Stan Lester was a longtime racer who had also grown tired of the escalating costs required to be competitive. Lester had also watched the growing acceptance of sealed crate motor programs and thought the idea would work well in a touring series for Dirt Late Models.
"I had raced for nearly 40 years and watched the costs involved just increase year after year," Lester says. "Before I got out, I owned a Late Model team in an asphalt touring series. I owned a car, two motors, and two rear ends outright. We won over 90 percent of our races and still lost money. It was crazy, and I knew that a lot of tracks weren't making any money either. In a lot of cases, the dropping car counts meant fewer people in the stands."
The solution, Lester decided, was to sell his race team and start his own racing series. Using his own racing experience, he built his parameters around what he felt would provide the best racing at the least cost. First, he would race dirt tracks, because it is what he describes as his first love. Racing on dirt also has the advantage that new tires aren't normally as critical for speed. Dirt racers can often get by racing two or more events on just about everything except the right rear, which wears quicker. Another critical cost-saving measure Lester decided on early was to require sealed crate engines. Thus was born the Fastrak Champions Series, one of the first touring Dirt Late Model racing series anywhere to depend solely on crate engines.
Making The SwitchLester felt he had the right formula for a successful racing series, but he also knew he needed racers to fill the field. Lester knew Higdon-knew him as a hard-nosed racer who had struggled, not from a lack of desire or determination, but from a lack of cold, hard cash. After struggling in his first season racing the Southern All Stars Series, Higdon had spent 2003 racing at a local track and wasn't necessarily looking to join a touring series again. Still, the unique aspects of Lester's new series were enough to pique his interest.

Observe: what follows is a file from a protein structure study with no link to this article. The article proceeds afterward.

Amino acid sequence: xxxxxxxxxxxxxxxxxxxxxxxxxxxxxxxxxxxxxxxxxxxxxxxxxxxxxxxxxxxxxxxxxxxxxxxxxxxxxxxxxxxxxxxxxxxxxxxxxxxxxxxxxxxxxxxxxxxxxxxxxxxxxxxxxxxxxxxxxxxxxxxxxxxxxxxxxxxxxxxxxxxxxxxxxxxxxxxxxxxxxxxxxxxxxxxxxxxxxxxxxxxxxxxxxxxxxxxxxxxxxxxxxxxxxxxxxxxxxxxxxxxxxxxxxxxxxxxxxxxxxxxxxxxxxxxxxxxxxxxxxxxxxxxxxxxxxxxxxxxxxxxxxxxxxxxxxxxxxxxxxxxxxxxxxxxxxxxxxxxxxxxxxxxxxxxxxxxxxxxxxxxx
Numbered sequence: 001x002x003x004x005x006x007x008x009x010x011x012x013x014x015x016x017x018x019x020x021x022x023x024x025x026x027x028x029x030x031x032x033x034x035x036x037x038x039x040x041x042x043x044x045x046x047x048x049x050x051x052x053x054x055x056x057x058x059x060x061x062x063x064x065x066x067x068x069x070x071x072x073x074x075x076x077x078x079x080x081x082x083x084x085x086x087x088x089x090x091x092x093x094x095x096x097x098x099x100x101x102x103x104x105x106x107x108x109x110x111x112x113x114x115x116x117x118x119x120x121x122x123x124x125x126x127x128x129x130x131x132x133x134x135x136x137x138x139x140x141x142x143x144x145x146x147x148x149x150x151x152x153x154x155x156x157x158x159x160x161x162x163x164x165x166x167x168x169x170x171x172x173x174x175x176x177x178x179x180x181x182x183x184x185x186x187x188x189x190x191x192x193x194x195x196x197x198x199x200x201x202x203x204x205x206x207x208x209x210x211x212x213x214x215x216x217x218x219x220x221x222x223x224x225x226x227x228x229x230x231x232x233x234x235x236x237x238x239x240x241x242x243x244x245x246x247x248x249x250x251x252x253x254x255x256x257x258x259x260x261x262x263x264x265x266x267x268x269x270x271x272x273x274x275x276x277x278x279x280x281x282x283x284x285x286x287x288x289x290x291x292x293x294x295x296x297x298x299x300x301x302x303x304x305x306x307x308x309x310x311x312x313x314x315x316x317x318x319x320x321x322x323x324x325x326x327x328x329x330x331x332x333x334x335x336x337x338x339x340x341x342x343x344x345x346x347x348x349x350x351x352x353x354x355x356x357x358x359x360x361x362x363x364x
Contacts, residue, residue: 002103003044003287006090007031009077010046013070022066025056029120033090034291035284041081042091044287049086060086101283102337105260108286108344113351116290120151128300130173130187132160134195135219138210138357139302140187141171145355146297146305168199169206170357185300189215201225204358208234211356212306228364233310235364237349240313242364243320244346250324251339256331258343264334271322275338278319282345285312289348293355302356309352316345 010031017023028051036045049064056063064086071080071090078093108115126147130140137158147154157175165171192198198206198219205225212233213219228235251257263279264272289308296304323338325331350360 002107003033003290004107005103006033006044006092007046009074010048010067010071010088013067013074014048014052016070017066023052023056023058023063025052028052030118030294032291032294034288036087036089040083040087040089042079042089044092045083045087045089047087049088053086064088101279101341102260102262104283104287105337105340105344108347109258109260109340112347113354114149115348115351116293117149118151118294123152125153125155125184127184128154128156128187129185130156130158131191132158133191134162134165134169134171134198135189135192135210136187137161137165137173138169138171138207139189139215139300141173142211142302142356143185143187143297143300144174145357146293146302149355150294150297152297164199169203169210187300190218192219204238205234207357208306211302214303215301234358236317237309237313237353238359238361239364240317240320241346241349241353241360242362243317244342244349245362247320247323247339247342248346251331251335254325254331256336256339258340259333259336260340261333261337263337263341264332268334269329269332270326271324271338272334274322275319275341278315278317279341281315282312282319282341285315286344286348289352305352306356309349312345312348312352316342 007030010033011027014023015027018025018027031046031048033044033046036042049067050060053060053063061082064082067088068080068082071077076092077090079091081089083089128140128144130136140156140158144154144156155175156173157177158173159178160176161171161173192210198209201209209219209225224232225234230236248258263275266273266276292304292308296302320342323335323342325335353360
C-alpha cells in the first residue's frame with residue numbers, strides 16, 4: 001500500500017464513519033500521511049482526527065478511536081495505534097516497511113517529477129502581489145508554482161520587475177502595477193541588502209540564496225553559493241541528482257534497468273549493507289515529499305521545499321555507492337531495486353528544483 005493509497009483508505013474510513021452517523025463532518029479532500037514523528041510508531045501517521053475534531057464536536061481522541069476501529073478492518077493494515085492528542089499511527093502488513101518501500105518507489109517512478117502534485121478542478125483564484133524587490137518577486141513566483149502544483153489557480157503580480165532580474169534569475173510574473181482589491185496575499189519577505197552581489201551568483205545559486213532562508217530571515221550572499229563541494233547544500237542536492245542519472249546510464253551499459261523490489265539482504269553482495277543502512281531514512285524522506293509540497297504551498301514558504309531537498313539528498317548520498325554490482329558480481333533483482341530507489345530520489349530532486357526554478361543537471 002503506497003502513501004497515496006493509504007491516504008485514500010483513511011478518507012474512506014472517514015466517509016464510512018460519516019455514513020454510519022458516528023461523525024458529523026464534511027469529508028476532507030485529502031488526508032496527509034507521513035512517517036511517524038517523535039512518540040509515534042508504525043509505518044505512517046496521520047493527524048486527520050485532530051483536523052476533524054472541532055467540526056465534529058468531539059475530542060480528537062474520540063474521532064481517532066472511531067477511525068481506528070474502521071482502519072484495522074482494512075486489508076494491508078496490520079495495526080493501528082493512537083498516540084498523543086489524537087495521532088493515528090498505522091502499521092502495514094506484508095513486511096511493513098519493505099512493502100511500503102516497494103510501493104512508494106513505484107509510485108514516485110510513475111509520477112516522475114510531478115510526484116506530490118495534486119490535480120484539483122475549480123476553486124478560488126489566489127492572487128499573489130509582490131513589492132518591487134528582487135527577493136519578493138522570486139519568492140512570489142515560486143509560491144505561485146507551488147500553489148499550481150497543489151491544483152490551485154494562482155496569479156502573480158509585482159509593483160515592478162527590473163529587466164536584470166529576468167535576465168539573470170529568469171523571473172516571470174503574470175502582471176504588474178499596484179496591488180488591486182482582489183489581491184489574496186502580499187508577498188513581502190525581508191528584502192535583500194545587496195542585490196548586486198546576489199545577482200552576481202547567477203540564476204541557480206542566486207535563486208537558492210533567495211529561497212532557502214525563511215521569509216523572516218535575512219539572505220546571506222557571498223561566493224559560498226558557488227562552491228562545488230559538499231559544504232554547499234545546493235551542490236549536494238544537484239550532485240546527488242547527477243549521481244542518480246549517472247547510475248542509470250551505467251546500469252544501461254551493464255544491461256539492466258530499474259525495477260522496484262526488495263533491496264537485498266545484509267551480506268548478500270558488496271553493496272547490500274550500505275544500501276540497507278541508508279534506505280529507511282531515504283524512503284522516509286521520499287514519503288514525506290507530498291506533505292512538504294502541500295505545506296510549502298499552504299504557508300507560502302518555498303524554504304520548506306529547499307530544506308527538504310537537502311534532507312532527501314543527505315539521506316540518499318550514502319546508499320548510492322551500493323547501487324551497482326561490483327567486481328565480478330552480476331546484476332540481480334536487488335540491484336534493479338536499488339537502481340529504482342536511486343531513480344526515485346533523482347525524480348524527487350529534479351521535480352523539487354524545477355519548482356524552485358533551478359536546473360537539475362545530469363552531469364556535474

"Stan Lester approached me late in 2003," Higdon explains. "He told me he was starting a new Late Model series that would be racing GM crate engines and asked if I might be interested in racing in it. I said I was willing to look at anything that could save me a little money and still allow me to race."
Lester's aim with the Fastrak Champions Series was to create a place to race for either Late Model racers who found they simply couldn't afford to race competitively at that level, or racers looking for more seat time in a Late Model chassis before moving up to the full-blown Late Models with all-aluminum engines producing upwards of 700 hp.
There were three crate motor options available for the series' first season in 2004. The first is what Lester calls the "Fastrak Crate Motor." It is a sealed crate motor Lester commissioned from an engine builder. The other two options come straight from General Motors. The "little motor," as the racers have taken to calling it, is GM's 350ci, 355hp motor. The part number is 88958602-although most people simply call it the 602 motor-and sells for around $3,100. The third option is GM's high-horsepower option, the 400hp 604 engine (PN 88958604). Both GM options are versions of the company's street-use crate motors with the addition of eight-quart circle track oil pans, valve cover kits with breathers, and in the case of the 602, a high-rise dual-plane intake. Because it comes up short by about 50 hp, compared to either the Fastrak Crate Engine or the 604, drivers racing the 602 engine are given a 100-pound weight break (2,300 pounds versus 2,400 pounds. Any car running the 430hp Fastrak Engine must weigh 2,450 pounds.). Lester says that 90 percent of the cars ran one of the two GM offerings, and many chose the less powerful 602 engine in order to get the weight break.
"I liked the fact that everybody would be running the same engines, so you couldn't go out and simply buy more power than the next guy," Higdon explains. "Plus, Stan made the rules so that Late Model racers could keep almost all of their equipment. I was able to run the very same car; all I did was pull my dry-sump system off, pull the engine out, and set my new motor right in its place.